baby playing in crib

 

It’s summer, and the days are getting longer and longer. In the Midwest, where we are, our longest day of the year lands on June 20th. So that means, we have another 20+ days of 5:30 a.m. sunrises! It almost seems impossible to sleep in anymore.

How do I get extra Z’s in the morning? An eye mask. Yep. It’s my prized possession! Even though we have beautiful plantation shutters in our bedroom, they don’t do squat about blocking out the sun. So, I have a light blocking mask, and until my alarm goes off or I wake naturally, I seriously don’t know what time it is! But maybe you’ve been waking even before the sun is up for as long as you can remember, because that’s just how you and your child or children are now wired. Getting your baby and toddler to sleep later might seem like an impossible task, on top of it being frustrating and exhausting.

What’s considered an early wake-up? Early morning wake ups are considered any time before 6:00 a.m. or less than 10 hours of total sleep at night. Early wake-ups are a sign that your child is not getting enough sleep (yes, you heard me right!). Chronic over-tiredness hinders the body from achieving long, restorative sleep and only repeats the cycle unless something is done about it. This is even true in adults.

Want to start your day later? Or better yet, start your day with a cup of coffee or workout sans kids? Keep reading to find out the common culprits of early morning wakings!

1. Late bedtime: Was the wake window before bed too long for your little one? This means bedtime happened too late, and you missed your child's sleep window. Chances are they are going down fussy or crying at the end of the day. These are tell-tale signs that the window has been missed and cortisol levels have already started to spike. On top of that, this supports the idea that a later bedtime does NOT equal a later wakeup. Chronically overtired babies and toddlers will not accept sleep easily, which in turn accumulates more debt. See below for suggested wake times for each age.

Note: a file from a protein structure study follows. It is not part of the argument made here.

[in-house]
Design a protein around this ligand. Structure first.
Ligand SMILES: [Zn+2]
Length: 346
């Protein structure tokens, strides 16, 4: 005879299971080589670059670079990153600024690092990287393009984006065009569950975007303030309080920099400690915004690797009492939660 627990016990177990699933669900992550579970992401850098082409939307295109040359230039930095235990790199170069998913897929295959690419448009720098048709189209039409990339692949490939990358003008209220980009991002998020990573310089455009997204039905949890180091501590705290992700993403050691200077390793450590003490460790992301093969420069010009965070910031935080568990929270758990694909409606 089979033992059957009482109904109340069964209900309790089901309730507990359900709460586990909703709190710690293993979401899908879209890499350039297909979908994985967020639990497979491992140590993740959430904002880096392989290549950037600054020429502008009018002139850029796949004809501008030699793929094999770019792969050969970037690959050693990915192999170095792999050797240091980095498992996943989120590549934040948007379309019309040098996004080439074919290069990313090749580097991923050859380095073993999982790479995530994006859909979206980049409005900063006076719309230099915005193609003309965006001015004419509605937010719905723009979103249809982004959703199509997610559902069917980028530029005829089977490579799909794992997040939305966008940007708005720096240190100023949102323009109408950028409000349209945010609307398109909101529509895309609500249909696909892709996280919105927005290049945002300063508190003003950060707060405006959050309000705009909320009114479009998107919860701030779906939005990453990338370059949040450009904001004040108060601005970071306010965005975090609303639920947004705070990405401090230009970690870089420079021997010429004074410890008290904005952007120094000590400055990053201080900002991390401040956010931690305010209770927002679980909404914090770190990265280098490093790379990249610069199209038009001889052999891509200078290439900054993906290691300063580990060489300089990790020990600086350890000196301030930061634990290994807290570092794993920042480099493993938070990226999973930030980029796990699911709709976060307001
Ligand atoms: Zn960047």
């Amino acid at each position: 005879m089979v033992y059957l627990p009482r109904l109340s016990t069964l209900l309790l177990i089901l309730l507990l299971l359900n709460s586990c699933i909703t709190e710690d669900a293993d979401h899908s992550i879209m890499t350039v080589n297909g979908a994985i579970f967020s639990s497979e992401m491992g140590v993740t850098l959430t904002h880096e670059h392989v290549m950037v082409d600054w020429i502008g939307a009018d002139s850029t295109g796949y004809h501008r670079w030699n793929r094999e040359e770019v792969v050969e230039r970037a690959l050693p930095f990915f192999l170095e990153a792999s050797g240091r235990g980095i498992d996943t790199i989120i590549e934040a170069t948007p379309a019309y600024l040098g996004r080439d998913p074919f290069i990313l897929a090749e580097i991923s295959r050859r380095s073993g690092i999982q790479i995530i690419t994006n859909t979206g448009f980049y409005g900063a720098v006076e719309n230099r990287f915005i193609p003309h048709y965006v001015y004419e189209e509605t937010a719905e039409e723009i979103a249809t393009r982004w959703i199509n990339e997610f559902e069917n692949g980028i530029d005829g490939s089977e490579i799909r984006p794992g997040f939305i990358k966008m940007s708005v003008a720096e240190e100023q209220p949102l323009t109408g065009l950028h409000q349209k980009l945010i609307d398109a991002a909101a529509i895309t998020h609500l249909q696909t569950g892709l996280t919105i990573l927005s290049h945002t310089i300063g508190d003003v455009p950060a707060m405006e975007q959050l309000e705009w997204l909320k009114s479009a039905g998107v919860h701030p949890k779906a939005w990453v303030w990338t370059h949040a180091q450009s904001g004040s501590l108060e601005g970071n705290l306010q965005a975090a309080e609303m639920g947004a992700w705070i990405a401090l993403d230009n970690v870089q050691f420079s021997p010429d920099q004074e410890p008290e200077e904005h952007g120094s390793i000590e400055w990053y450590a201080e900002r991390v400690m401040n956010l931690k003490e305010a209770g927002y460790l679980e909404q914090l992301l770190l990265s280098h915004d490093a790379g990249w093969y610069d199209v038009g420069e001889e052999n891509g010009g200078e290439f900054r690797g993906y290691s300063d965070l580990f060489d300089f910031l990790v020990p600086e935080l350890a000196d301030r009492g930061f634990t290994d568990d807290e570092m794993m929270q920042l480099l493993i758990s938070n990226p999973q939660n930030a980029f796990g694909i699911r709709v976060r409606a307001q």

Suggested Wake Times by Age

Newborn: Less than 1 hour

8-12 weeks: 1 hour - 1hr 15 min

3-4 months: 1hr 15min - 1hr 30 min

4-5 months: 2 hours

5-6 months: 2hr 15 min

6-8 months: 2hr 30 min - 3 hours

9-12 months: 3hr 30 min - 4 hours

13-18 months: 4 hours

18 months+: By the clock (nap around 12:30 p.m., bedtime at 7/7:30 p.m.)

*These are averages and will vary by child

2. Morning nap: The time between morning wakeup and first nap is TOO SHORT. This is a tricky one because many children get stuck in an "early nap time" due to the 5AM wakeup, but in reality, this is what could be causing the wakeup. Depending on their age, they need a set number of wakeful hours before the next sleep onset. By stretching that morning nap later, and also by practicing the crib rule in the morning, you will be able to welcome a later sleep in. Expect that your child will be fussy and crabby around their normal sleep time. To help, offer a new activity, food or outside time to keep them from getting drowsy. Avoid car and stroller rides to avoid accidental napping! The transition to the new nap time should only take 3-5 days.

3. Nap transitions: Your child may be at the crossroads of having one too many naps, and because of this, the early mornings are a result of needed schedule shift. The body will adjust and wake at unwanted hours to compensate for the needed change. Dropping a nap can be confusing and drawn out. And because our brains process day sleep differently than night sleep, sometimes it’s not always apparent what your child needs.. Let an expert like me walk you through the transition, because let's be honest, transitions are HARD! When dropping a nap, always, always utilize early bedtime. This will be crucial in a successful nap transition by moving bedtime 45-minutes to 1-hour earlier for several weeks.